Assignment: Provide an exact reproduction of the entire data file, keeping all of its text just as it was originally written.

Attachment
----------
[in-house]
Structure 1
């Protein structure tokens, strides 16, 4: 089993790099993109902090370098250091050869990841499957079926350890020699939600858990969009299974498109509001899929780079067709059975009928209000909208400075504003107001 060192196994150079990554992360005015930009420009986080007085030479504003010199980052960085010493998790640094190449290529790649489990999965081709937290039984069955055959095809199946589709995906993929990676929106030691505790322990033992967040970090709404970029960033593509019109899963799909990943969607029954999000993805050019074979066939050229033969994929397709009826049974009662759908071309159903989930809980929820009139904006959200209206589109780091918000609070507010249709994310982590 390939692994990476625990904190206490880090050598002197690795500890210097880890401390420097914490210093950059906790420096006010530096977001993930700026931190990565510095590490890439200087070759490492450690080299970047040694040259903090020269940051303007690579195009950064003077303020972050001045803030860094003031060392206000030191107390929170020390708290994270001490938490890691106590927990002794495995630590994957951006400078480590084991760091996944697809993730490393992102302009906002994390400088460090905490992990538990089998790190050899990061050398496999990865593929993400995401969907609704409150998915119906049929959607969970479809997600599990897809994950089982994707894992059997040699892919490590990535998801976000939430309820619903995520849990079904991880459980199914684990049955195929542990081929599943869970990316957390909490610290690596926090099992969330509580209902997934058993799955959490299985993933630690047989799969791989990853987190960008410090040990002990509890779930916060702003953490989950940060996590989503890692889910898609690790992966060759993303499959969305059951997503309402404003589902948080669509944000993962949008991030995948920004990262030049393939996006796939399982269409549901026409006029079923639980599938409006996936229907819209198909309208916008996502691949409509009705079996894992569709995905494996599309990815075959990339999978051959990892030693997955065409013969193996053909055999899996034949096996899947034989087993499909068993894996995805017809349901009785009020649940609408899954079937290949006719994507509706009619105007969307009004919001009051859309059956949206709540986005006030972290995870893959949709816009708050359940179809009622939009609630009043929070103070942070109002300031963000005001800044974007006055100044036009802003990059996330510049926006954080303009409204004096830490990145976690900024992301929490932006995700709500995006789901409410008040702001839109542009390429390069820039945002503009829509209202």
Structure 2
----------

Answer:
[in-house]
Structure 1
């Protein structure tokens, strides 16, 4: 089993790099993109902090370098250091050869990841499957079926350890020699939600858990969009299974498109509001899929780079067709059975009928209000909208400075504003107001 060192196994150079990554992360005015930009420009986080007085030479504003010199980052960085010493998790640094190449290529790649489990999965081709937290039984069955055959095809199946589709995906993929990676929106030691505790322990033992967040970090709404970029960033593509019109899963799909990943969607029954999000993805050019074979066939050229033969994929397709009826049974009662759908071309159903989930809980929820009139904006959200209206589109780091918000609070507010249709994310982590 390939692994990476625990904190206490880090050598002197690795500890210097880890401390420097914490210093950059906790420096006010530096977001993930700026931190990565510095590490890439200087070759490492450690080299970047040694040259903090020269940051303007690579195009950064003077303020972050001045803030860094003031060392206000030191107390929170020390708290994270001490938490890691106590927990002794495995630590994957951006400078480590084991760091996944697809993730490393992102302009906002994390400088460090905490992990538990089998790190050899990061050398496999990865593929993400995401969907609704409150998915119906049929959607969970479809997600599990897809994950089982994707894992059997040699892919490590990535998801976000939430309820619903995520849990079904991880459980199914684990049955195929542990081929599943869970990316957390909490610290690596926090099992969330509580209902997934058993799955959490299985993933630690047989799969791989990853987190960008410090040990002990509890779930916060702003953490989950940060996590989503890692889910898609690790992966060759993303499959969305059951997503309402404003589902948080669509944000993962949008991030995948920004990262030049393939996006796939399982269409549901026409006029079923639980599938409006996936229907819209198909309208916008996502691949409509009705079996894992569709995905494996599309990815075959990339999978051959990892030693997955065409013969193996053909055999899996034949096996899947034989087993499909068993894996995805017809349901009785009020649940609408899954079937290949006719994507509706009619105007969307009004919001009051859309059956949206709540986005006030972290995870893959949709816009708050359940179809009622939009609630009043929070103070942070109002300031963000005001800044974007006055100044036009802003990059996330510049926006954080303009409204004096830490990145976690900024992301929490932006995700709500995006789901409410008040702001839109542009390429390069820039945002503009829509209202």
Structure 2